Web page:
Costs order in Langia and Carron (No. 2)

The husband was ordered to make submissions on the issue of costs and was asked to address the question whether an order should be made on an indemnity basis. The husband asserted that he had been unable to consider or propose any offers until the matrimonial pot had been agreed between him and the wife.

Ultimately, an order was made requiring the husband to pay the wife’s costs on a scale basis, from the date of her first offer (which was made prior to the commencement of proceedings by her). The wife had, unsuccessfully, sought costs on an indemnity basis. In rejecting an order for an indemnity costs, one of the considerations made by the court (along with the husband’s conduct and his financial capacity) was that he ‘was at all times a self-represented litigant who did not have the benefit of sound legal advice.’7  The Judge continued:

Though that is not always an excuse, I consider that the husband in this case ought to be given the benefit of the lesser of the two costs orders able to be made against him.”

What if Langia and Carron (No. 2) had been heard in England?

Had the English Family Court heard Langia and Carron (No. 2), it is likely that under the current law, no costs order would have been made against the husband. Given the numerous attempts made by the wife to settle the matter prior to the final trial (and one offer prior to the proceedings) and noting in particular that each of those offers were lower than the order which was otherwise made in her favour, it seems unfair that she should have to carry the burden of legal costs.

The pros and cons of Calderbank offers

Before the restriction on the use of Calderbank offers in English Family Law, Nicholas Mostyn QC (as he then was, sitting as a deputy High Court judge) in his judgment in GW v RW (Financial Provision: Departure from Equality) [2003] EWHC 611 Fam, compared the use of Calderbank offers to forcing parties in financial remedy proceedings ‘to engage in a mandatory form of spread betting.’ He said that the difference was that with betting the amount lost or won is the difference between the result and the amount bet. However, with Calderbank offers, a slightly lower amount than the amount bet (or offered) being awarded in the final order, could result in the full amount of costs being required to be paid. He referred to the offers as ‘guesses’ which would result in costs being paid if the guess was accurate.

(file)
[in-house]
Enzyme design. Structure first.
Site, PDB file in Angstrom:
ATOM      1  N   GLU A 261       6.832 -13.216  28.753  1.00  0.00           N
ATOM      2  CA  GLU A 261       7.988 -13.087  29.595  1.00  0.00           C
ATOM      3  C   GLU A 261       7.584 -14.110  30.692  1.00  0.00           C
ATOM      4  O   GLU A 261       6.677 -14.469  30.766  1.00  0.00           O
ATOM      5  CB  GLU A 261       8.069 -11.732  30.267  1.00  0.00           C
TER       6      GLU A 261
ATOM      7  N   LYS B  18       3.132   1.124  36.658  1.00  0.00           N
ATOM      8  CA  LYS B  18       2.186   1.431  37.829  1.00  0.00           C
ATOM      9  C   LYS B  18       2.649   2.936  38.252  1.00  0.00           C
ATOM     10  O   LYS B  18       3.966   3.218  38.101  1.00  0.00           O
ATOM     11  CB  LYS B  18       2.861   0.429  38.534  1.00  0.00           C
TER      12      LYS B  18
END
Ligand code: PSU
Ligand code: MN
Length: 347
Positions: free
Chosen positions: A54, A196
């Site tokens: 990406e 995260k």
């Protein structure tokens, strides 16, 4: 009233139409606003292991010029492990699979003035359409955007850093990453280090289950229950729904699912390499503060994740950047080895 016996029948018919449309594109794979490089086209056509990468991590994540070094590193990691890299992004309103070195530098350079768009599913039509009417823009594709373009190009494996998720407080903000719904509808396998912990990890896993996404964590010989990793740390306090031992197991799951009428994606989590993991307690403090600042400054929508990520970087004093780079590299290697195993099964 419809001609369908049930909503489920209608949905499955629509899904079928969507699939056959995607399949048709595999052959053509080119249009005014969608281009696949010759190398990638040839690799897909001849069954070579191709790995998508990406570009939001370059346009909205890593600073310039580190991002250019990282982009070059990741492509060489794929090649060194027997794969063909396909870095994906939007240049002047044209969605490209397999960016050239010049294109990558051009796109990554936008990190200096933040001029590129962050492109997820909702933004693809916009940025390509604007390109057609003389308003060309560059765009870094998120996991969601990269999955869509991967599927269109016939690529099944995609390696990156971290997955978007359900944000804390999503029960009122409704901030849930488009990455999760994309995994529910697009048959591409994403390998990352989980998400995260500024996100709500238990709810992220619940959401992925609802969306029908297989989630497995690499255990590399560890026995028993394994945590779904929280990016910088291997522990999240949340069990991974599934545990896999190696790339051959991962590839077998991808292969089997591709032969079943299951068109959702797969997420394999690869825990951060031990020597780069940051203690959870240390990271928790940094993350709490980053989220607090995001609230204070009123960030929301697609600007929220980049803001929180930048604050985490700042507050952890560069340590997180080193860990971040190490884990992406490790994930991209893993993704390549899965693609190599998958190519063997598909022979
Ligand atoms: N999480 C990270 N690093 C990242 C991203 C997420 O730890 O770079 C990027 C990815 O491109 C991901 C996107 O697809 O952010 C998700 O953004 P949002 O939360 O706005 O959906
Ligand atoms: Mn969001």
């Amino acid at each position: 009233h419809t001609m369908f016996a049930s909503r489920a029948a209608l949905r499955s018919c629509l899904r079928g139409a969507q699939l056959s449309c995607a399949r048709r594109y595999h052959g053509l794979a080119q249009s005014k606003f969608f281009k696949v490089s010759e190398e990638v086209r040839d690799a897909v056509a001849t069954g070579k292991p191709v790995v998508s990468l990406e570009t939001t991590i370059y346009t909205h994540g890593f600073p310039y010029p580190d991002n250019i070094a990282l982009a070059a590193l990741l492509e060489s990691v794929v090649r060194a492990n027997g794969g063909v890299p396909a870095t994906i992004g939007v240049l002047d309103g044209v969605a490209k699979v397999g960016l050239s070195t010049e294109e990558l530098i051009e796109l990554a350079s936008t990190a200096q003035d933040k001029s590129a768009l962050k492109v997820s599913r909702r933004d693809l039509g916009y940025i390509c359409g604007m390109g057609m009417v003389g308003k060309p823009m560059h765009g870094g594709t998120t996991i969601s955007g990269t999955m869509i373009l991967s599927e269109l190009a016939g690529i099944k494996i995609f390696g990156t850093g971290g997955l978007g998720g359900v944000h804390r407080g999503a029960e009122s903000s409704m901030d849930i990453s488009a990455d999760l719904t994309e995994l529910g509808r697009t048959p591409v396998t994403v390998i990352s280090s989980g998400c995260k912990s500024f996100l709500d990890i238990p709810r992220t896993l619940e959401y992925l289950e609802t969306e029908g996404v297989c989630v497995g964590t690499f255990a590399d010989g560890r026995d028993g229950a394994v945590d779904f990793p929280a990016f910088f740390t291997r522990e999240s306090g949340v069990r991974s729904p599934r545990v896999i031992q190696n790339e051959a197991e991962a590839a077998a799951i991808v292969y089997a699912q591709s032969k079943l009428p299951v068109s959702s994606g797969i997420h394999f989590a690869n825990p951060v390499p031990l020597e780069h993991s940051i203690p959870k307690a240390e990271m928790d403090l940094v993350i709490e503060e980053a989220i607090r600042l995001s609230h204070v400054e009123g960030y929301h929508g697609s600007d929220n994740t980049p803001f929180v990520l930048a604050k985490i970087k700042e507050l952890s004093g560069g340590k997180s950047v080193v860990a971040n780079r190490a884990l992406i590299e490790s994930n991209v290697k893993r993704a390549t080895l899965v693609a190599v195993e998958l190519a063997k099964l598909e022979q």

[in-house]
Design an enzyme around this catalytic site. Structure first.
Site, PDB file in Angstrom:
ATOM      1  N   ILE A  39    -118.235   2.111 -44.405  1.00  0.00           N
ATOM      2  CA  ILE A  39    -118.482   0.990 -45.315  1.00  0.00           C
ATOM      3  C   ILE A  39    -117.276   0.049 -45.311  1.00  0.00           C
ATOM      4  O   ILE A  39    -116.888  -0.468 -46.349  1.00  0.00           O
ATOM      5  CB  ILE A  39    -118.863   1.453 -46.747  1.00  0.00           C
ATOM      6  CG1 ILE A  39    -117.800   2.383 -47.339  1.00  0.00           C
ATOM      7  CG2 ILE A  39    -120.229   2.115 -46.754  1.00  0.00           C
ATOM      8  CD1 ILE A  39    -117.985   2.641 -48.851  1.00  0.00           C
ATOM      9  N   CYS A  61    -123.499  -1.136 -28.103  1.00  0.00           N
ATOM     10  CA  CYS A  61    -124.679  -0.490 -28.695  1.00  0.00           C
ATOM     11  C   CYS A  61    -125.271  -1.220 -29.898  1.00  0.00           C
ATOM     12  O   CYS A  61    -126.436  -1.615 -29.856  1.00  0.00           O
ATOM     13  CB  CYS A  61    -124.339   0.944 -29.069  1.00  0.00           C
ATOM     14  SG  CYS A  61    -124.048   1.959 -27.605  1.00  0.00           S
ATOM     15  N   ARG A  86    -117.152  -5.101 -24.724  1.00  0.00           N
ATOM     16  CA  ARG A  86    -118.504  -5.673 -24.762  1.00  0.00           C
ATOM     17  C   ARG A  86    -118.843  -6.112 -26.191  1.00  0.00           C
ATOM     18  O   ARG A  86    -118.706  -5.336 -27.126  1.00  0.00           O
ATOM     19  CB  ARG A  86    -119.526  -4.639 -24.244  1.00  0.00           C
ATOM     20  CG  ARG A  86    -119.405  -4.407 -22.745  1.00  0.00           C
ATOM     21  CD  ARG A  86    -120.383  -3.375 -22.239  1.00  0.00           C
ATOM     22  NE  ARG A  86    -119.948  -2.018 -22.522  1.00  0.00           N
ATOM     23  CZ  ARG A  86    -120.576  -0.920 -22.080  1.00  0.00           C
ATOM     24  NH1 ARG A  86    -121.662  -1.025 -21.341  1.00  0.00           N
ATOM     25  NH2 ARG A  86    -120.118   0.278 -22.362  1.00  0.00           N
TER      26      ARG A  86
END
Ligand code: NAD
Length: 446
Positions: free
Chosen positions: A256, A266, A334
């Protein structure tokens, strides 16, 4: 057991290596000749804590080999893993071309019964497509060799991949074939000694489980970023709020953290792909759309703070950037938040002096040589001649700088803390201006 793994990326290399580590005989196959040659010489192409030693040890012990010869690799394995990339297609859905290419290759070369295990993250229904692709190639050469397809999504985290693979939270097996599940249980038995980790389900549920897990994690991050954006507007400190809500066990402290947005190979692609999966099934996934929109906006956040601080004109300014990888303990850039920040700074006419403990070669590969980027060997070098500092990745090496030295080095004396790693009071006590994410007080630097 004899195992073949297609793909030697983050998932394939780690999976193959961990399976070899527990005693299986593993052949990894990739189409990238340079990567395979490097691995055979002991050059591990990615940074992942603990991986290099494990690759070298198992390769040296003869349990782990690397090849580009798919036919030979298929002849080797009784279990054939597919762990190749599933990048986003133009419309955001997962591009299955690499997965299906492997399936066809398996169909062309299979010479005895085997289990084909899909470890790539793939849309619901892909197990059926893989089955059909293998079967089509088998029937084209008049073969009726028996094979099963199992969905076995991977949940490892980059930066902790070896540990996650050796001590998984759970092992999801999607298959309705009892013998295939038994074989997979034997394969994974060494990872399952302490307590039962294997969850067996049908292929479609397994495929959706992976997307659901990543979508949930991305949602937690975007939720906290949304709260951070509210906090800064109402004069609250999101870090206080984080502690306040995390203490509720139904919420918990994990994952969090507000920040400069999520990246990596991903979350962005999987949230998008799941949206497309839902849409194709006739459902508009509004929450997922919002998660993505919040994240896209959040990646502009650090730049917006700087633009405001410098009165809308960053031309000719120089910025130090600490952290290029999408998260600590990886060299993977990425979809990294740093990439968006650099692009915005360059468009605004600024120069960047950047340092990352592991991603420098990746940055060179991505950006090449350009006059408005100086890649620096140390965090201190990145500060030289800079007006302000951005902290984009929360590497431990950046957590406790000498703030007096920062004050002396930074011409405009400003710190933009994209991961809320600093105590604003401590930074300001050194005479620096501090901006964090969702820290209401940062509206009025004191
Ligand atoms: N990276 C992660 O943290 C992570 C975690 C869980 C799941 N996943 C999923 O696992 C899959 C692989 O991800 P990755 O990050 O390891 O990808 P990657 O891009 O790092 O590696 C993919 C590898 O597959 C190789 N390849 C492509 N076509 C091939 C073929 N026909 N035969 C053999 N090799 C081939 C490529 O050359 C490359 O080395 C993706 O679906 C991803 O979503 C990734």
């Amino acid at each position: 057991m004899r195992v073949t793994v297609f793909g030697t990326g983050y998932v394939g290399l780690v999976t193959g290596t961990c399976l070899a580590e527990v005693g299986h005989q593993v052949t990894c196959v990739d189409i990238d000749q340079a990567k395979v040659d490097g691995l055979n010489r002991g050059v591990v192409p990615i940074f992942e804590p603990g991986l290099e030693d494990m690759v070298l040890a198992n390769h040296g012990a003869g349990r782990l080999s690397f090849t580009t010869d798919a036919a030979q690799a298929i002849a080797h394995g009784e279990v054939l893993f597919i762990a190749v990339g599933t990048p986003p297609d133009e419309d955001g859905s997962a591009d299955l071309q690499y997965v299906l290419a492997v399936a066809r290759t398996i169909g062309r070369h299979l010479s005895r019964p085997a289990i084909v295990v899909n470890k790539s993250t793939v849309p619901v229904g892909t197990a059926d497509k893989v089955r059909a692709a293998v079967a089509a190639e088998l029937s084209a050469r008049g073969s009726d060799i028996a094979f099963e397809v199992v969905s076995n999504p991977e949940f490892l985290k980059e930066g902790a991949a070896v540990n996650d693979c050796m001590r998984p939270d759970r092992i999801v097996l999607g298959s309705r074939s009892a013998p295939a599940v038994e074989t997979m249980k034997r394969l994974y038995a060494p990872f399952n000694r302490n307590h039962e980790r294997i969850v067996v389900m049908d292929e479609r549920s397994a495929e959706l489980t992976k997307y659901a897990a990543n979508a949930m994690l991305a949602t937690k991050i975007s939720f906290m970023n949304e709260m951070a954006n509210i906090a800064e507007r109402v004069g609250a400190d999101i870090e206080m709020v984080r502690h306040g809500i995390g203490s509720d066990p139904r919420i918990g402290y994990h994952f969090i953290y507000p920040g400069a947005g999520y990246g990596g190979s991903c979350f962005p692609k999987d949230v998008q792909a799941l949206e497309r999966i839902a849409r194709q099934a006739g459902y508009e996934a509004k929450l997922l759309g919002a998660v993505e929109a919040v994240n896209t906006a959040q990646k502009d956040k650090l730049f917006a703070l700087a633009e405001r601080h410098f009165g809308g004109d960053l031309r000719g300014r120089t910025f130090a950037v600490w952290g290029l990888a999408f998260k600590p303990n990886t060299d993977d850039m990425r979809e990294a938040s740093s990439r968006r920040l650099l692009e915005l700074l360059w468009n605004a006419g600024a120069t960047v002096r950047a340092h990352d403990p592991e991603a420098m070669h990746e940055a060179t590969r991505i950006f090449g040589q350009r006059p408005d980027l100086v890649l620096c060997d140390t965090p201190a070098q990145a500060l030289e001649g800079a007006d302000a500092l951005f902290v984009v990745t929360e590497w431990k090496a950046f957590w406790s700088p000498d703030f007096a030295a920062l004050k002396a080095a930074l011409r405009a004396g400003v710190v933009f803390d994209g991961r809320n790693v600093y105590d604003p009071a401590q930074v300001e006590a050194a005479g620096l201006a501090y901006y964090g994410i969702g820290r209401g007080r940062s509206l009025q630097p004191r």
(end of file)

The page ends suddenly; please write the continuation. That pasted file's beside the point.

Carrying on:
Along with the concern outlined in the explanatory memorandum, another was that a costs order being made following a final financial order may greatly (depending on the size of the pot) reduce the amount which would have otherwise been retained by that party, leaving them unable to meet their needs. When making a cost order, regard is to be had to ‘the financial effect on the parties of any cost order’.8  In J v J [2014] EWHC 3654 Fam, Mr Justice Mostyn referred to this consideration as ‘highly important’ and said that it ‘requires the court to ensure that its primary disposition, which will usually be strongly influenced by considerations of need, is not undone and subverted by a costs order.’9  Whilst in one sense, a costs order could lead to an unfair outcome to the party whose needs are no longer met, the inverse is that those legal costs (and their legal costs) would not have been incurred had they accepted an offer which was reasonably made earlier in the proceedings.

From the judicial perspective, Calderbank offers are sometimes a hugely frustrating element in the process. The judge has spent time at a final hearing considering the evidence and trying to strain the available resources for the needs and requirements of the applicant, counterbalancing the position of the paying party. Having done their best in a finely balanced outcome in the judgement, they then find that one party has a genuine bona fide claim for costs because the other has unreasonably refused to make or accept good offers, and indeed may have so-called “beaten” the outcome in their offer, meaning that the edifice of the financial structure within the judgement has to be torn down as a consequence of the costs order.

The party who is barely receiving sufficient for her needs is perhaps shown as having unreasonably refused better offers and now faces a claim that the bare amount received should itself be reduced because of costs orders. The paying party who may have surplus resources after the final judgement may then receive more because of the failure of the other party to accept generous offers previously made, even though each party have paid their costs to date which may have been similar. There are still real problems with the Calderbank process at this stage in the case.